A drug typically used to treat agitation in people with schizophrenia and dementia shows potential for treating an inherited liver disease that causes severe scarring.
In the classic form of a-1 antitrypsin (AT) deficiency, which affects 1 in 3,000 live births, a gene mutation leads to production of an abnormal protein, dubbed ATZ, that unlike its normal counterpart is prone to clumping.
“These protein aggregates accumulate in liver cells and eventually lead to scarring of the organ or to tumor formation,” says David H. Perlmutter, distinguished professor of pediatrics at the University of Pittsburgh School of Medicine. “If we could find a drug that slows or stops this process, we might be able to prevent the need for liver transplantation in these patients.”
To find that drug, Perlmutter’s team worked with Stephen Pak, assistant professor of pediatrics, and Gary Silverman, professor of pediatrics, cell biology, and physiology, who developed a model of AT deficiency in Caenorhabditis elegans, or C. elegans, a harmless microscopic worm or nematode typically found in soil.
Previous experiments conducted by Pak and Silverman, in which more than 2,000 compounds were screened, showed that fluphenazine, a drug approved for human use as a mood stabilizer, could reduce ATZ accumulation in the worm, so the team studied it further.
Findings are published in the journal PLOS ONE.
Worms that produce ATZ die sooner than normal ones, which typically have a life span of fewer than 20 days. Those that were exposed to fluphenazine, however, had lower burdens of ATZ and lived more than a day longer that untreated animals. The lifespan of normal worms was unchanged by fluphenazine exposure.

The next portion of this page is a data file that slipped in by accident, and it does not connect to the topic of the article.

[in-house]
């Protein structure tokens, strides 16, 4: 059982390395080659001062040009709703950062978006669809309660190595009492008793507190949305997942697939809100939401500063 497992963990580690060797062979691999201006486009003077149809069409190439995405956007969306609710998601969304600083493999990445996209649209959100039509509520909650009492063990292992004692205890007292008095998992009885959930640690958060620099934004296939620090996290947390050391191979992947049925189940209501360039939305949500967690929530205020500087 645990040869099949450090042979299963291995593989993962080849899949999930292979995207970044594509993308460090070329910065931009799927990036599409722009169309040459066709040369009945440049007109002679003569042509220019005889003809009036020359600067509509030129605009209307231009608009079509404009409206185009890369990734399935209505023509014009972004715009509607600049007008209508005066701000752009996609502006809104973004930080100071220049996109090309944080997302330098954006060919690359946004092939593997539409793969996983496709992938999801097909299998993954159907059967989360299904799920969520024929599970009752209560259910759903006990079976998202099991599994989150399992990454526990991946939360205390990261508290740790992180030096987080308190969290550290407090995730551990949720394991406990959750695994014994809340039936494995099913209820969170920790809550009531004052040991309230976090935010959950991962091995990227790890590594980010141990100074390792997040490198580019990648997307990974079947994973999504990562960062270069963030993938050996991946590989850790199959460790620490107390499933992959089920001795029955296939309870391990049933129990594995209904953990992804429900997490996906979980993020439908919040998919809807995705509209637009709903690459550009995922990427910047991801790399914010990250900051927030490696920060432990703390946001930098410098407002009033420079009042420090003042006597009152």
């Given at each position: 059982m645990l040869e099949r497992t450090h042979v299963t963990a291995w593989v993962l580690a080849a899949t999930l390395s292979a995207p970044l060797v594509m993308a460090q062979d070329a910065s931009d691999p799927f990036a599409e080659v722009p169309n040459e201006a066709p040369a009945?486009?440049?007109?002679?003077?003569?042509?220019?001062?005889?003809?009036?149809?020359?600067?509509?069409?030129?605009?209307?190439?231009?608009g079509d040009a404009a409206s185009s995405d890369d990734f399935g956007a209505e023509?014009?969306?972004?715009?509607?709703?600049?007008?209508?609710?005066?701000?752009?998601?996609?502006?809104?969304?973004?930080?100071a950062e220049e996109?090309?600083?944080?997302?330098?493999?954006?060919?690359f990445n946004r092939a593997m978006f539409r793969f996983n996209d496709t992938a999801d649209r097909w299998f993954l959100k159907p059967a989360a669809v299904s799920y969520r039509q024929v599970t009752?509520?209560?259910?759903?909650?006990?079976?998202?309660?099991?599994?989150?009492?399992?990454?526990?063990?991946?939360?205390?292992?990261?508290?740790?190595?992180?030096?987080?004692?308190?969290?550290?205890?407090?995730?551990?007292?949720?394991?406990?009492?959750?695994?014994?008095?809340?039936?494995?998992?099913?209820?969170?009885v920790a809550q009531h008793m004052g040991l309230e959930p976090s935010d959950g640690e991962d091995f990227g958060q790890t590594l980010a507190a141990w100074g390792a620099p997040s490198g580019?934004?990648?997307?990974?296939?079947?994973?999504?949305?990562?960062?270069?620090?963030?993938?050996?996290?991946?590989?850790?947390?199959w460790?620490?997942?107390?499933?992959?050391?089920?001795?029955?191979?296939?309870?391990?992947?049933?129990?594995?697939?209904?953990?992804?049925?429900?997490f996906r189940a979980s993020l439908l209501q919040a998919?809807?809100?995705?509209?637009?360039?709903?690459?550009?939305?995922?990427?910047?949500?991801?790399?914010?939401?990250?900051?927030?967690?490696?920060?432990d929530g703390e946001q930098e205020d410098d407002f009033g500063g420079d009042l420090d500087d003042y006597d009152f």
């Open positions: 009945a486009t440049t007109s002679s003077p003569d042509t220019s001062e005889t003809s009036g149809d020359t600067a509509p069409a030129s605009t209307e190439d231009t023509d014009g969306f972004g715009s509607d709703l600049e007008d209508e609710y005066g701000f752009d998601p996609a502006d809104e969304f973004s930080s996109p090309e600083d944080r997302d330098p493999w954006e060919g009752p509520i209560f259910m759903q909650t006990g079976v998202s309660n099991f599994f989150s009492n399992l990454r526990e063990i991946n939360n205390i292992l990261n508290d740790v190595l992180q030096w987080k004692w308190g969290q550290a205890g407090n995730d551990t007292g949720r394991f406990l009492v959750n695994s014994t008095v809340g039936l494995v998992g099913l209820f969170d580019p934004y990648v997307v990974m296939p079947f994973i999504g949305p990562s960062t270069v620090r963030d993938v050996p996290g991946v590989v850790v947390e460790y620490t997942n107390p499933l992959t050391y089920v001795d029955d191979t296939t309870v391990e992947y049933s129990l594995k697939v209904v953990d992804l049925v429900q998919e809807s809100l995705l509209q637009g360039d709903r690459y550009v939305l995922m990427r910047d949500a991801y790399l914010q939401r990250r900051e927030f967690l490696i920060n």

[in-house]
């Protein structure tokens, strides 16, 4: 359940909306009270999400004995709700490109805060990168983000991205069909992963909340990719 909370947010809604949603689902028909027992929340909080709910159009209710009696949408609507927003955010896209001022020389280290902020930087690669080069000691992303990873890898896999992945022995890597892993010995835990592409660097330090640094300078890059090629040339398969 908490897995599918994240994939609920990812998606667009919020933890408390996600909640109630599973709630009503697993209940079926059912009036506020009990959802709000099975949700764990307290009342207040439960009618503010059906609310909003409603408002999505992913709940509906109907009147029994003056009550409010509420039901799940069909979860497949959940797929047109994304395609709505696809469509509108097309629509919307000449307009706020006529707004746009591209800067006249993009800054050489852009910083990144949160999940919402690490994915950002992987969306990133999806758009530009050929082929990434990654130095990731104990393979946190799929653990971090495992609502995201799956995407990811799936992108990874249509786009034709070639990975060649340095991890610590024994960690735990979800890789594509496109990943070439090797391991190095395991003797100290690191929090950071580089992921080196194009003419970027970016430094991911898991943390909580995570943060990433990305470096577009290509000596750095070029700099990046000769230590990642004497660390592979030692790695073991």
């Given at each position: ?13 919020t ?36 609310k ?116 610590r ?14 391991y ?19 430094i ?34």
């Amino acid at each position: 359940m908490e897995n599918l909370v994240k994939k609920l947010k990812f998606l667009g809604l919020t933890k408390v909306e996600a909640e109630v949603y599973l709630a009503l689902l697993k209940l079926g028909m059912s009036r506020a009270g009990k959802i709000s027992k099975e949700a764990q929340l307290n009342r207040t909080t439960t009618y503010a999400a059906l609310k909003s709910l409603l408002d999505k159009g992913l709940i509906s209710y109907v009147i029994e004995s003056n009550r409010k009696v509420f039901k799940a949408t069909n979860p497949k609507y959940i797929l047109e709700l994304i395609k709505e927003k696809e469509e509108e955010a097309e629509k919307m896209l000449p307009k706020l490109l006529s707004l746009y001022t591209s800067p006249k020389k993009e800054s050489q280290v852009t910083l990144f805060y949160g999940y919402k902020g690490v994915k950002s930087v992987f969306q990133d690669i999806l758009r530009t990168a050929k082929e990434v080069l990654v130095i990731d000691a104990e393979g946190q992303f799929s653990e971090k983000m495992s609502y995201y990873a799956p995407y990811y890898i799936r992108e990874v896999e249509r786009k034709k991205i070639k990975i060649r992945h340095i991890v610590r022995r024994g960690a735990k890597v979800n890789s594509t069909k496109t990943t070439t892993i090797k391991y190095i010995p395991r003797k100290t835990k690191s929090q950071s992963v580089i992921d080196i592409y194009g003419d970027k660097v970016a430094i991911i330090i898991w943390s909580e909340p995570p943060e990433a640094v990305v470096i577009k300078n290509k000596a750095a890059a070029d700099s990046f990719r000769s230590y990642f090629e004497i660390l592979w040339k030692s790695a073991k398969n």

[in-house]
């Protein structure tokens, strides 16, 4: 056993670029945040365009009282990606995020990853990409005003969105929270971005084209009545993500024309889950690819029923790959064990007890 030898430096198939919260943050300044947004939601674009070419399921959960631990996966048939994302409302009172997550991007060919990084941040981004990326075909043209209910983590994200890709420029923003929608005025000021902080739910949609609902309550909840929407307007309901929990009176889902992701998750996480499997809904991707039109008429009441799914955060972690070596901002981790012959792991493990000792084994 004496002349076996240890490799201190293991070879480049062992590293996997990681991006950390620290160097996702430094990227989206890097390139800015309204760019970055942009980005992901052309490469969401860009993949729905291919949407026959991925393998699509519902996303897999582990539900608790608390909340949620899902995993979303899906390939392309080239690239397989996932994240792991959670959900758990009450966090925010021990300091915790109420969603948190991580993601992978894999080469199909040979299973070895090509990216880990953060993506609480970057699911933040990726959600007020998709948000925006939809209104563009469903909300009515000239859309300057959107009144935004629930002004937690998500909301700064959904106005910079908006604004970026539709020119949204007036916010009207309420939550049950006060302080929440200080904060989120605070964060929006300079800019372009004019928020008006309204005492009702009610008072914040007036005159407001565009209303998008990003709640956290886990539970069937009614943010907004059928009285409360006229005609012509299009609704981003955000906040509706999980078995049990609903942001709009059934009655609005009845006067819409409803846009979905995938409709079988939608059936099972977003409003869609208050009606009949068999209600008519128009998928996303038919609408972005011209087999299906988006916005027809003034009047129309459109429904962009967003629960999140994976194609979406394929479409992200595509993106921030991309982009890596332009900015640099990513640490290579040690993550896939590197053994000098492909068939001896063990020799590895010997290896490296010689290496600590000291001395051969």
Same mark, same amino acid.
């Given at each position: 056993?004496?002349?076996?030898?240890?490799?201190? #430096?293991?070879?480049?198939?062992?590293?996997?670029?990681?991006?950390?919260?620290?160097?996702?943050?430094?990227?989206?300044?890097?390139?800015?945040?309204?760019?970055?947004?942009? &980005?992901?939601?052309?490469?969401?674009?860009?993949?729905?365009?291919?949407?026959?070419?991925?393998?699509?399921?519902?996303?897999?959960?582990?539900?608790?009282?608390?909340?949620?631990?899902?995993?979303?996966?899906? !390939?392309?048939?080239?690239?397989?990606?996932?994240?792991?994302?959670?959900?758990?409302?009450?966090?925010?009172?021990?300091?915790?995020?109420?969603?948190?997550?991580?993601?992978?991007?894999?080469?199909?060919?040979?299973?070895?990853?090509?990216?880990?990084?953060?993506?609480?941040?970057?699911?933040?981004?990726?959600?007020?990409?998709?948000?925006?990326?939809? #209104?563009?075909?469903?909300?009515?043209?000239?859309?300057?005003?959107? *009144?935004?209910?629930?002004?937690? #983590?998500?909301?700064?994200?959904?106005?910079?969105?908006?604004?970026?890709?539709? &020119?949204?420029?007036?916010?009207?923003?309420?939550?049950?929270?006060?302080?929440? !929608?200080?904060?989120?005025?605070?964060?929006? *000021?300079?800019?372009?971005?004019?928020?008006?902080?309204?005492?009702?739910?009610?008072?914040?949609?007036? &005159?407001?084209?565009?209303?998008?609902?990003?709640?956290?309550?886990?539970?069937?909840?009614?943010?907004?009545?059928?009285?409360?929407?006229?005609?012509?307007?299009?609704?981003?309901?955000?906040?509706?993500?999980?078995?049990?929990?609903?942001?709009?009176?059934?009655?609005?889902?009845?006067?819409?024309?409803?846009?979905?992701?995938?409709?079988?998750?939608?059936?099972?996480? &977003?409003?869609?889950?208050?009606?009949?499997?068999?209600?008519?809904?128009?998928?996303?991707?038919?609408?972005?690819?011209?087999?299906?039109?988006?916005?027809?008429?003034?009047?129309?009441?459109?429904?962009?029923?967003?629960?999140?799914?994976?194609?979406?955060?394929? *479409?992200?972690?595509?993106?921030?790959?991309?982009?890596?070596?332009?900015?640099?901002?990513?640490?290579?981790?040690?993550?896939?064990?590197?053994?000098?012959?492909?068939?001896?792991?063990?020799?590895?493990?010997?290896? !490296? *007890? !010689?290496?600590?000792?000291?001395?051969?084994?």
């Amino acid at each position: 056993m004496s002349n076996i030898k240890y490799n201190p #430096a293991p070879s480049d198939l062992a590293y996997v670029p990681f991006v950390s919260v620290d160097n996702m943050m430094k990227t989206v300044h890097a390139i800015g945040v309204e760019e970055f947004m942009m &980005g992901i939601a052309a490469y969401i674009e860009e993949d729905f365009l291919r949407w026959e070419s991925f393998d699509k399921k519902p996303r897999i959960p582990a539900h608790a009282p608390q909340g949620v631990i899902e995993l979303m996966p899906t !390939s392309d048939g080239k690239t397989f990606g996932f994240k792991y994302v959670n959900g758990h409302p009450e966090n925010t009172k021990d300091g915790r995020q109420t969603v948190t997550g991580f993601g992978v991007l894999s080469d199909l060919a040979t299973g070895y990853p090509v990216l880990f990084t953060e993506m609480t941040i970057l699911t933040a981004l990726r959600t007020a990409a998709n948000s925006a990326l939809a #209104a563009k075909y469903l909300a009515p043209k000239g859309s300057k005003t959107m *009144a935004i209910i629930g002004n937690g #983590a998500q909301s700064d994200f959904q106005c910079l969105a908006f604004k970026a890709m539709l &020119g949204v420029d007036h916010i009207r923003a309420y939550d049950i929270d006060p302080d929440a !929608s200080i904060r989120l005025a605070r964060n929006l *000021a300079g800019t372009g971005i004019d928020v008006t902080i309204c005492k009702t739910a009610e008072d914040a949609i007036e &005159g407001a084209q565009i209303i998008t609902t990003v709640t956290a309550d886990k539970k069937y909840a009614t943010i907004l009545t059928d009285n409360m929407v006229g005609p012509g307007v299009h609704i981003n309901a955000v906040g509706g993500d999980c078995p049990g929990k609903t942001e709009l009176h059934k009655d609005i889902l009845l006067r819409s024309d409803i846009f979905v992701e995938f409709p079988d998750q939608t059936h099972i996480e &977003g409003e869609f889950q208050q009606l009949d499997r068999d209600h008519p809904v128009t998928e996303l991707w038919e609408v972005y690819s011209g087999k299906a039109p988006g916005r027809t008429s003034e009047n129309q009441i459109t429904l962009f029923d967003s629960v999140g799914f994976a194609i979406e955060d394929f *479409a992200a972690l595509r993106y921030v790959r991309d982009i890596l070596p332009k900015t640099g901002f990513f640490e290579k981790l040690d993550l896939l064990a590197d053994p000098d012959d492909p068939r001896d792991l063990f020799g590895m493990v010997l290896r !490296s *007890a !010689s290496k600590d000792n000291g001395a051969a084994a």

Liver scarring is reversed
The researchers also labeled with fluorescent markers intracellular structures called autophagosomes, which help clear abnormal proteins out of the cell in a process called autophagy. Fluphenazine exposure was associated with a greater presence of autophagosomes, suggesting that increased autophagy led to reduced ATZ accumulation.
Follow-up experiments showed that fluphenazine reduced ATZ accumulation in several mammalian-cell line models of AT deficiency, Silverman says.
“We found when we gave this drug for three weeks to mice with the disease, autophagy is activated, the abnormal protein load is diminished, and liver scarring is reversed. It’s truly amazing,” he says. “And because fluphenazine is already being safely prescribed for other conditions, it should be easier to bring it to clinical trials for AT deficiency.”
The project also reveals the power of the worm model to rapidly screen drug candidates. “This is the first extensive investigation of a drug that was discovered through the C. elegans screening method,” Perlmutter says.
“It’s remarkable that you can take a completely unbiased, high-content screen using a primitive organism and end up identifying a drug that reduces the accumulation of an abnormal protein in mammalian cell lines and a living mouse.
“It’s proof-of-principle of this research pipeline. Furthermore, this drug is very similar pharmacologically to carbamazepine, another mood stabilizer that we found to enhance autophagy and reverse liver fibrosis in the mouse model of α1-antitrypsin deficiency.”
The US Public Health Service and the Hartwell Foundation funded the research.
Source: University of Pittsburgh